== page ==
What do ‘Supernanny’, Gordon Ramsey and excellent marketing have in common?

OK. Here it is.

“My name is Chris Jenkins and I have a guilty TV pleasure.”

I’m fascinated with the program Supernanny where Jo Frost takes seemingly uncontrollable children and turns them into well behaved cherubs over the course of an episode.

I am captivated by the way that the kids can change so much over such a short period of time. It left me wondering, how on earth does she do it? Is it witchcraft? Does she slip something into their bedtime milk?

Having watched a few episodes, the secret to her success struck me like a Teddy bear being hurled across the room (Episode 7).

All she does is implement a system for the kids to follow where good behaviour is rewarded and bad behaviour carries a specific set of consequences that are always followed up on.

Sounds blindingly obvious?

It really is that simple. Bad behaviour is followed by a seat on the naughty step. Good behaviour means a trip to the park.

Look at other TV experts that turn around seemingly impossible situations and one begins to see a pattern emerging of simply implementing a system and following it.

“Gordon Ramsey’s Kitchen Nightmares.” What does he do? Follows a system: Cuts down the menu to a few simple fairly technically straight forward dishes, switches to fresh local ingredients, makes the place look a bit more inviting and then wheels in the hungry customers to judge the results.

Great marketing follows exactly the same principles.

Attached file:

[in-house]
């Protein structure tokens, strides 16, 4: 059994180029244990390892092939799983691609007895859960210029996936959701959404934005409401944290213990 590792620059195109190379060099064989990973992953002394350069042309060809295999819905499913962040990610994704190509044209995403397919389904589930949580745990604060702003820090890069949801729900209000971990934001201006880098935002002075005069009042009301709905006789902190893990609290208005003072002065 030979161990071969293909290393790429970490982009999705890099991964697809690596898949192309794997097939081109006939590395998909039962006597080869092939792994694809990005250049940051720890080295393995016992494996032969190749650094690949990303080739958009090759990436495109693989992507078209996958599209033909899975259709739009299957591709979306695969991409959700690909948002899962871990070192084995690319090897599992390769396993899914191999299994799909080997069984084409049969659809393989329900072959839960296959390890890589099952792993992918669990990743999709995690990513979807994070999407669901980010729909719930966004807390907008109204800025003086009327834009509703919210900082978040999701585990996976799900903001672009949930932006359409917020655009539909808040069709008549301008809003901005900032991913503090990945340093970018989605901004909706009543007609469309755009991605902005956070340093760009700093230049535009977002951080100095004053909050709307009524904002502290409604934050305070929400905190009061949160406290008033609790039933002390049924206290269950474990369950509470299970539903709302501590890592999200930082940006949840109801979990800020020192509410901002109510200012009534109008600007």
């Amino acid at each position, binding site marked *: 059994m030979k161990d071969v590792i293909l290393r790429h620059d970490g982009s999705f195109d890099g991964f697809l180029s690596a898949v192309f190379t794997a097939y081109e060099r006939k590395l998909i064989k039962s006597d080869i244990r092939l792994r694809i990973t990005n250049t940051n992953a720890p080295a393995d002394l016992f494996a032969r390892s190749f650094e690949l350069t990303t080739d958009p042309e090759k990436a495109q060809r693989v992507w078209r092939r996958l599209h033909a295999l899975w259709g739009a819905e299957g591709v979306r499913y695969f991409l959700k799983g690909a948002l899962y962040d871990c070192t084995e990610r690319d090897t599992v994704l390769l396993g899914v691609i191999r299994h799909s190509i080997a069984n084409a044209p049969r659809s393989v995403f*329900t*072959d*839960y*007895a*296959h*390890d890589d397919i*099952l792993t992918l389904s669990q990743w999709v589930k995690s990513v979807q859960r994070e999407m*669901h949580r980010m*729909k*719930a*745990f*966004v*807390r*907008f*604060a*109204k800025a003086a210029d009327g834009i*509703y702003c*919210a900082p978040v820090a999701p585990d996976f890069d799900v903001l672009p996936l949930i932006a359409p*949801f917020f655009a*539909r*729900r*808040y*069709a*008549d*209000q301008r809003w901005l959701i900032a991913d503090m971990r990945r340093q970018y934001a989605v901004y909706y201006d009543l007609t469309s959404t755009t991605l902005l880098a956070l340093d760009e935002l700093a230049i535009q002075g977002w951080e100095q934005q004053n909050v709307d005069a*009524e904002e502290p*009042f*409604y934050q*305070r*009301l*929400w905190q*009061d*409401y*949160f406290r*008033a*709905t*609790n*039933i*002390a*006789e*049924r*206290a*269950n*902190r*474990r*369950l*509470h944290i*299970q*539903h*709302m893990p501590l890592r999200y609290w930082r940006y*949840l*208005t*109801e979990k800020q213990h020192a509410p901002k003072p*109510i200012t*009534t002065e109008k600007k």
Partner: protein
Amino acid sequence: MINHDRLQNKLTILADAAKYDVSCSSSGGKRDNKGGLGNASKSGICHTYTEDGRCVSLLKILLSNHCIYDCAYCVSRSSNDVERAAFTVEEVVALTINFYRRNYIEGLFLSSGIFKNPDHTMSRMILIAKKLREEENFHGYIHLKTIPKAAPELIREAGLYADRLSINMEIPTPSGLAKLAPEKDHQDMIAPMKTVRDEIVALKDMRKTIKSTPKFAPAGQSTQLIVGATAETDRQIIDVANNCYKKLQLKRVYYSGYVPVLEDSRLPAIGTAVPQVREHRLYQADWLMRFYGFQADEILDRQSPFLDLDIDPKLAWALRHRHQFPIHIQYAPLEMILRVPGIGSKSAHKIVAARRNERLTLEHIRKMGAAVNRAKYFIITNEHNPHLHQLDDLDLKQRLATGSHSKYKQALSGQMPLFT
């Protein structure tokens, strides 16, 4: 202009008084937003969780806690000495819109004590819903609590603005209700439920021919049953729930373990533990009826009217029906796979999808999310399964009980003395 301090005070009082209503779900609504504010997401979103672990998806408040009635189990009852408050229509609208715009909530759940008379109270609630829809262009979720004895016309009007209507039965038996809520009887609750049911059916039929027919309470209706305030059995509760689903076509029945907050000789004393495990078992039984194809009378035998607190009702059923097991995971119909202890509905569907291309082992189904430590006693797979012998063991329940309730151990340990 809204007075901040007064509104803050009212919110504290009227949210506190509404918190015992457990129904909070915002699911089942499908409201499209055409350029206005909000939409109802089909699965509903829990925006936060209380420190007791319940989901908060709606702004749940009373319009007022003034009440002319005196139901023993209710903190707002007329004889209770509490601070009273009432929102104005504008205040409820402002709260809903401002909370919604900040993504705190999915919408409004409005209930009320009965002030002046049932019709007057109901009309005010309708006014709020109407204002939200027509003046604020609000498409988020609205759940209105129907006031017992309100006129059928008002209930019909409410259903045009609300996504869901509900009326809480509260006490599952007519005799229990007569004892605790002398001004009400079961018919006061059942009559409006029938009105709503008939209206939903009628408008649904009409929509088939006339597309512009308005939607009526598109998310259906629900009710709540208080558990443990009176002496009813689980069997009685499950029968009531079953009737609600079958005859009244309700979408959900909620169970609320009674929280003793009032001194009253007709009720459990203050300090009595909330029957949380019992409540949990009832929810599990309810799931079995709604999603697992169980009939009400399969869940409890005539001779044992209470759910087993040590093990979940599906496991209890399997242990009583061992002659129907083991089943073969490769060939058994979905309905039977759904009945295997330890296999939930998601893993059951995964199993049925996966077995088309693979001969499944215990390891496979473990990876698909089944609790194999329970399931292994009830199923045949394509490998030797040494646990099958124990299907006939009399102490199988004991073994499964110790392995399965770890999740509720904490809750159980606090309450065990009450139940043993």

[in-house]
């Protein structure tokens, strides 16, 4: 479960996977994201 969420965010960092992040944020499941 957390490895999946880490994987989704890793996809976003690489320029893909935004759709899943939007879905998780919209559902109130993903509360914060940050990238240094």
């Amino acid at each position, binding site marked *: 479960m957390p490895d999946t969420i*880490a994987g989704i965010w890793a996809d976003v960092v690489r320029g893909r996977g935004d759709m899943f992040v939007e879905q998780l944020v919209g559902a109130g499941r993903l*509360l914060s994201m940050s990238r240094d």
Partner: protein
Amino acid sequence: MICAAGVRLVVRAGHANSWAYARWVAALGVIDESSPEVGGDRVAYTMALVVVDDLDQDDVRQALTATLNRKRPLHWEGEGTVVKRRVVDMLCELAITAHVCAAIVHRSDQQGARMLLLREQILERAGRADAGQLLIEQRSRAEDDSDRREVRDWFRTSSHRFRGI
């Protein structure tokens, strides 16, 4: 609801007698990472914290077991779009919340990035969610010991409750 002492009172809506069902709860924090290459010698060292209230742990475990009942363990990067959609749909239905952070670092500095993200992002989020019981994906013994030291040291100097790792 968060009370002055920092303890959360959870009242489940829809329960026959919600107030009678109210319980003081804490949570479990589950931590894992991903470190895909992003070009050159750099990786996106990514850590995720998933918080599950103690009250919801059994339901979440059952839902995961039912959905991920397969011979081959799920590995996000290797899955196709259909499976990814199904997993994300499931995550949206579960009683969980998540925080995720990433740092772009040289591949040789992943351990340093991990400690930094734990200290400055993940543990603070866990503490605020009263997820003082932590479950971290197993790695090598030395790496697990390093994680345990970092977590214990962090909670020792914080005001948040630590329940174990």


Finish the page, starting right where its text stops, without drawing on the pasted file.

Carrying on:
No matter what business you are in, B2B or B2C, find a system to follow and follow it.

For example: In our old property business, our system started with running advertorials in the evening newspaper. The call to action was to request a “free information pack” from our website.

The information pack was followed up by gentle, non-sales orientated emails and letters. The success of this system was phenomenal but it didn’t come straight away.

There were a fair few marketing activities that were tested but didn’t work. Yet because of a scientific, systematic approach we were able to analyse their success, reasons for failure and either drop them, or run them again with a different message.

The role of great marketing professionals should always be to find that system that works as quickly and cost effectively as possible.

Once the system is found, just run it over and over again so you can make it more and more efficient over time. When selecting new marketing mediums to test out for your own system, ask yourself these questions:

  1. Will the marketing medium really reach my target audience?

  2. Is there an easy way of tracking how successful it is?

  3. Is there a trial rate that I could negotiate?

  4. Can I talk to people who have used this type of marketing before?

  5. Am I willing to test this new method knowing that it might not achieve the desired result?

Only if you are satisfied with the outcome of each question should you then go on to start thinking about your message, copy etc.

Then, armed with the relevant steps required, you can start to build your own phenomenally successful marketing system, that can automate your sales process, turn around failing restaurants and stop children from drawing on freshly painted walls.